FACULTY OF SCIENCE AND ENGINEERING, GRADUATE SCHOOL OF ENGINEERING, IWATE UNIVERSITY
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KAMOSHIDA Naoto

Assistant Professor

Affiliation

Civil and Environmental Engineering
[Master's Program] Regional and Community Design
[Doctoral Program] Mechanical Engineering, Civil and Environmental Engineering

Degrees Obtained

Doctorate (Engineering) Field of Degree: Resource Development Engineering

Specialties

Rock Mechanics
Geotechnical Earthquake Engineering

Profile

March 2002: Geoengineering, Department of Mining, Akita University Graduate School
April 1, 2005 - March 31, 2007: Assistant, Construction and Environmental Engineering (department discontinued), Faculty of Engineering, Iwate University
April 1, 2007 - March 31, 2009: Assistant Professor, Construction and Environmental Engineering (department discontinued), Faculty of Engineering, Iwate University
April 1, 2009 - present: Assistant Professor, Civil and Environmental Engineering, Faculty of Engineering, Iwate University

My Areas of Research

The giant tunnel supporting our energy supply

Did you know that there is an oil storage facility in a giant underground tunnel in Kuji City, Iwate? This facility is extremely important for Japan’s security because we rely on imports for almost all our oil. In Japan there are three oil storage facilities and two oil and gas storage facilities in bedrock tunnel systems. I am conducting research for the construction of giant tunnels for storing the low-temperature liquefied fuels, such as natural gas and liquid hydrogen, that it is thought will provide most of our energy in the future. It has long been said that the bedrock foundations of important facilities such as power plants, huge dams and long bridges and the bedrock cavities of tunnels, etc., are strongly resistant to the shaking of earthquakes. However, as huge earthquakes have been occurring more frequently in recent years, there is a need to evaluate the earthquake resistance of bedrock structures such cavities and foundations. I am therefore investigating the impact of seismic motion on the mechanical properties of rock and bedrock.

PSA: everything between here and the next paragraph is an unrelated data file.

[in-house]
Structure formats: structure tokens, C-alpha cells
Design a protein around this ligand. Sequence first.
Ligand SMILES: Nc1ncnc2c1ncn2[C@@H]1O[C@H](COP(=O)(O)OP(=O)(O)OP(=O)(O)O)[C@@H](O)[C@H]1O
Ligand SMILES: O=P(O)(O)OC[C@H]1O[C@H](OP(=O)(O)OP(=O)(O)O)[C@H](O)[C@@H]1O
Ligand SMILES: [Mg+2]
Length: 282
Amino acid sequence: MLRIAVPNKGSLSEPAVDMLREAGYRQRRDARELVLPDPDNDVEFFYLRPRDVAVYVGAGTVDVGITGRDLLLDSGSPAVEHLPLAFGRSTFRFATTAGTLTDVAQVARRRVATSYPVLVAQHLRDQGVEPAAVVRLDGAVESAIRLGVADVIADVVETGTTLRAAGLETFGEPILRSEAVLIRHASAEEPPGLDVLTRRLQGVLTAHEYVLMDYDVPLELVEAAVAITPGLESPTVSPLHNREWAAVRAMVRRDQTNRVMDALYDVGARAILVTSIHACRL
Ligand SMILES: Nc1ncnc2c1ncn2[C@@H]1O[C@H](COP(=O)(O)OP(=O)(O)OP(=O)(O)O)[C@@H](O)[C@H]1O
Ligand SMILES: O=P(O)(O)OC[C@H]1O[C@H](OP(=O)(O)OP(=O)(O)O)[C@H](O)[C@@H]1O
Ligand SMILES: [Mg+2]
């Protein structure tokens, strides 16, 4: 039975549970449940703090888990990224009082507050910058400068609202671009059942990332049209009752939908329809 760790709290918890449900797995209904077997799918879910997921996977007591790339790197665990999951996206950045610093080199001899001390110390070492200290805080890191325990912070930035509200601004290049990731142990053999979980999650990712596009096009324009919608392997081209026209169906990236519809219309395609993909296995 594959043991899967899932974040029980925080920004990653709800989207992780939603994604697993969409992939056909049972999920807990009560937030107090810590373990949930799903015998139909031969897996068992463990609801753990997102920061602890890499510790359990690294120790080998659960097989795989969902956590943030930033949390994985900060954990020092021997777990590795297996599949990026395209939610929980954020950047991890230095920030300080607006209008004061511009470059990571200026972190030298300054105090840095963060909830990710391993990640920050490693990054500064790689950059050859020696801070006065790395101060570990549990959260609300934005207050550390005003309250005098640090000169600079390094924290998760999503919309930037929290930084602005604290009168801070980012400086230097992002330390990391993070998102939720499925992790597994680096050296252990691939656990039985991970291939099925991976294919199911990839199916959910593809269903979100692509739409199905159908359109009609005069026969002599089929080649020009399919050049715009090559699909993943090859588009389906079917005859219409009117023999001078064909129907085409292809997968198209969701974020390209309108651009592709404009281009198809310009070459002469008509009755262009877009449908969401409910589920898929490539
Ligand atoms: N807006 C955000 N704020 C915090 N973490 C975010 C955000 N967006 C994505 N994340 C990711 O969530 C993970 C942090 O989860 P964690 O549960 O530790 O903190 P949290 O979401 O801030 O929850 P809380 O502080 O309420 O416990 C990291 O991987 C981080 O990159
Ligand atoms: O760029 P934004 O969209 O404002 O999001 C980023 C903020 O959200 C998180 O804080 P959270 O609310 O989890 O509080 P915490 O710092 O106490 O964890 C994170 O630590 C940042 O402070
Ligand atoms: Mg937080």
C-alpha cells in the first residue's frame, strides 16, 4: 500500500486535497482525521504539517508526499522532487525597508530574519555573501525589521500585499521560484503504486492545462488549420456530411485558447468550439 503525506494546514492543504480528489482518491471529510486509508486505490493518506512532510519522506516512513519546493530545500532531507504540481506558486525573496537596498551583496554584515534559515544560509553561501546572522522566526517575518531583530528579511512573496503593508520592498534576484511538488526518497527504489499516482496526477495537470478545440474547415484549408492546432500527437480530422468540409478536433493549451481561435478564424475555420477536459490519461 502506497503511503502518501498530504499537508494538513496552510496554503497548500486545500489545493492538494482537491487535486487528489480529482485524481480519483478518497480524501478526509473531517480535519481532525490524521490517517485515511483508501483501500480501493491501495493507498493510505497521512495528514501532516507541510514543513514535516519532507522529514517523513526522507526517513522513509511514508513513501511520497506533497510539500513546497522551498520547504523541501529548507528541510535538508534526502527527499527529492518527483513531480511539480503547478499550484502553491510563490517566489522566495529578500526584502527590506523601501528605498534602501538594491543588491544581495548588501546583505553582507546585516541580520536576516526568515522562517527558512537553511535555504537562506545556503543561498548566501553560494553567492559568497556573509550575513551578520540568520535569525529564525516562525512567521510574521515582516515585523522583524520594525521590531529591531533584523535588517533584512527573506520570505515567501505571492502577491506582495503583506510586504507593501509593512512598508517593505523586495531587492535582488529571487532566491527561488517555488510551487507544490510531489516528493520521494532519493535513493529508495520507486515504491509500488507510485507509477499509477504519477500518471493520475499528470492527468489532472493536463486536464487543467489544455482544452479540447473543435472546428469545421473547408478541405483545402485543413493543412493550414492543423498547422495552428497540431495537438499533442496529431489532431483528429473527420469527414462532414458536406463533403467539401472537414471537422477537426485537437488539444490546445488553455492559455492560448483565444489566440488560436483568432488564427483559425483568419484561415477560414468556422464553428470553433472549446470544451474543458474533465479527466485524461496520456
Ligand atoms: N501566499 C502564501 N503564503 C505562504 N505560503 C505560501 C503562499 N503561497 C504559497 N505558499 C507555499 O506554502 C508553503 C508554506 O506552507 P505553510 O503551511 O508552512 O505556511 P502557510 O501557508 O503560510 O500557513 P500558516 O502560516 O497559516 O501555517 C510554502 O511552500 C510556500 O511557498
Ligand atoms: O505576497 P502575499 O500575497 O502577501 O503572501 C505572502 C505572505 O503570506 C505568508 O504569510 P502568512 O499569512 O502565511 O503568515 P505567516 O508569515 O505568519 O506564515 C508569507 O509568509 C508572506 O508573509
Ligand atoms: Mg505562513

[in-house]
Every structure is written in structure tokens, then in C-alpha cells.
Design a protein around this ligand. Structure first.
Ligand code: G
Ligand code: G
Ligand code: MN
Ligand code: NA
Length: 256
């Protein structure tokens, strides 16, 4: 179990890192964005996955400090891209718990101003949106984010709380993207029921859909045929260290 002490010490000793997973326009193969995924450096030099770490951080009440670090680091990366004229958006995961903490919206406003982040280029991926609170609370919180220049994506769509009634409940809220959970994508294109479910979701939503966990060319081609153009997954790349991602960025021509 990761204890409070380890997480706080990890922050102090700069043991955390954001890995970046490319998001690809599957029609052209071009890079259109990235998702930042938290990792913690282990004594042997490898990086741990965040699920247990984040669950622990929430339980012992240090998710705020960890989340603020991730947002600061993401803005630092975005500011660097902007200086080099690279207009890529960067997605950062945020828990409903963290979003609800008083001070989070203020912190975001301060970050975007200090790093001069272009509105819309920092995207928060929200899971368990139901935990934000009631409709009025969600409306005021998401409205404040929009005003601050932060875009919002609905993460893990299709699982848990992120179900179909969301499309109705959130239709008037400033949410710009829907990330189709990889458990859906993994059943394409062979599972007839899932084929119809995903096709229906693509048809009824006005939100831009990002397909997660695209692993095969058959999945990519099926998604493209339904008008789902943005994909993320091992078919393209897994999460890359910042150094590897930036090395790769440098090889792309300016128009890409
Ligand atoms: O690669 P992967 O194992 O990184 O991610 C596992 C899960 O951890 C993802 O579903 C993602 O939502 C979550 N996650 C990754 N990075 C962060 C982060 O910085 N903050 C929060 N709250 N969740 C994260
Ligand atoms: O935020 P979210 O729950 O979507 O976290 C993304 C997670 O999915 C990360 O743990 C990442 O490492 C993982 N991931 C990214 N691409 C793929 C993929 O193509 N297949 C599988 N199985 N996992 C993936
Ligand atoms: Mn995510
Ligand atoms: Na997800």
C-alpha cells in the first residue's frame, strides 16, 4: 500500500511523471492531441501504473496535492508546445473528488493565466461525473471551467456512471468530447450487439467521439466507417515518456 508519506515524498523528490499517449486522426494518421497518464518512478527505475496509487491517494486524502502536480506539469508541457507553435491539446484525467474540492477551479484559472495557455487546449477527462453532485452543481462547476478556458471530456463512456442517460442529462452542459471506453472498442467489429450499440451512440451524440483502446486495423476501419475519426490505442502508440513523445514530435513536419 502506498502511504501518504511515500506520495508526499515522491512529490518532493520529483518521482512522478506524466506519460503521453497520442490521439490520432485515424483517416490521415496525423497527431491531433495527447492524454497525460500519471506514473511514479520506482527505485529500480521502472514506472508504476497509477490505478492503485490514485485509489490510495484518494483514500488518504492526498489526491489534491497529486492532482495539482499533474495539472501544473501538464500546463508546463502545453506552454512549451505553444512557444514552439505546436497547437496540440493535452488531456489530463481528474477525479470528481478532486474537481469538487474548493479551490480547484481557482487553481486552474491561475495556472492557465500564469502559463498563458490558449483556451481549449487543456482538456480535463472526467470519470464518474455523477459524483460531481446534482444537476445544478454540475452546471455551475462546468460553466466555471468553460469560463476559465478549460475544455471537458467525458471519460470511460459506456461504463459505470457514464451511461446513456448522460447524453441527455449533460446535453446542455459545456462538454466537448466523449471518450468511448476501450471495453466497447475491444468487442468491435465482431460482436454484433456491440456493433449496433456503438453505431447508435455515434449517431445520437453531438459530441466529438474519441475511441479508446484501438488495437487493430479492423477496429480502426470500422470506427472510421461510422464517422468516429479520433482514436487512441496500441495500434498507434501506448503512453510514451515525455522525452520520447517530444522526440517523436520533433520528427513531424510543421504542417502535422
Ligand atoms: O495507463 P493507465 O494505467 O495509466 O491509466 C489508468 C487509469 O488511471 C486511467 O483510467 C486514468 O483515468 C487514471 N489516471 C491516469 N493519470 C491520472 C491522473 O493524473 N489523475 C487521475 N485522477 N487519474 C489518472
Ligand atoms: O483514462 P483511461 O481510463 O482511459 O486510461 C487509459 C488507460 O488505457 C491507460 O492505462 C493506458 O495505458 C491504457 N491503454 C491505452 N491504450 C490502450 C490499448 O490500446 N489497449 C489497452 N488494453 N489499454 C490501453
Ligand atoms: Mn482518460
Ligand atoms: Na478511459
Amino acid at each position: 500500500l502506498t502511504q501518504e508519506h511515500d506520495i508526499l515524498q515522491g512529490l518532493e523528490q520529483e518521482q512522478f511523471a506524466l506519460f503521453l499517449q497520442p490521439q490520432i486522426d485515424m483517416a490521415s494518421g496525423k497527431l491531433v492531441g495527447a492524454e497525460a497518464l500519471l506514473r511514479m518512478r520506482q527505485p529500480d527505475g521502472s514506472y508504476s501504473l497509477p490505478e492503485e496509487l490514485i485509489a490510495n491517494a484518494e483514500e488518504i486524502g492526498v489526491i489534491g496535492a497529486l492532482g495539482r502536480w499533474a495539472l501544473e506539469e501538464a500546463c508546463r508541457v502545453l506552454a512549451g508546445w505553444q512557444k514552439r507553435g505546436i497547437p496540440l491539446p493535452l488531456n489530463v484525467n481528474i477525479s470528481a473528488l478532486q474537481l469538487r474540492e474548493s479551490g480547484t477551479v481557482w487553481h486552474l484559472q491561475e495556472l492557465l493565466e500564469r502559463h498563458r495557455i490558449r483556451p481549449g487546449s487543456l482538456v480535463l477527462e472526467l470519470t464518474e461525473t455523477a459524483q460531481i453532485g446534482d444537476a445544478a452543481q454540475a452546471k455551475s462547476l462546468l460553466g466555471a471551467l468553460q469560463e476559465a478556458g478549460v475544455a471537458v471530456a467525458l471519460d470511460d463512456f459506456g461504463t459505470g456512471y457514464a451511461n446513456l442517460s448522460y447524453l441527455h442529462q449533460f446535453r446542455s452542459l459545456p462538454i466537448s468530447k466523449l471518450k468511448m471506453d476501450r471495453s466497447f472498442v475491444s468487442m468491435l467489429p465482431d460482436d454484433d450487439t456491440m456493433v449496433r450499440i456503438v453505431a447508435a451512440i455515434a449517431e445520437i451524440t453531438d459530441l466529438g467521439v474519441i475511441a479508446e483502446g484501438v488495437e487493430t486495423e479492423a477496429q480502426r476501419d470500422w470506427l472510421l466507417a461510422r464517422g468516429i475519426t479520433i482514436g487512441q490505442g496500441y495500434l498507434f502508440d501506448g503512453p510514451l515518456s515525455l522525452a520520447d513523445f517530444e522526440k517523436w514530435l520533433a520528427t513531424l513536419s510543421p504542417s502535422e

My Teaching Philosophy

Unlike general engineering fields, in which there is strict quality-control on materials, civil engineers are dealing with bedrock, which is a natural material. Quality control is not possible, making it a difficult material to work with for engineering uses. I try to provide guidance for students to cultivate a sense of how to handle this kind of bedrock.

Laboratory URL
http://www.cande.iwate-u.ac.jp/ganban/index.htm

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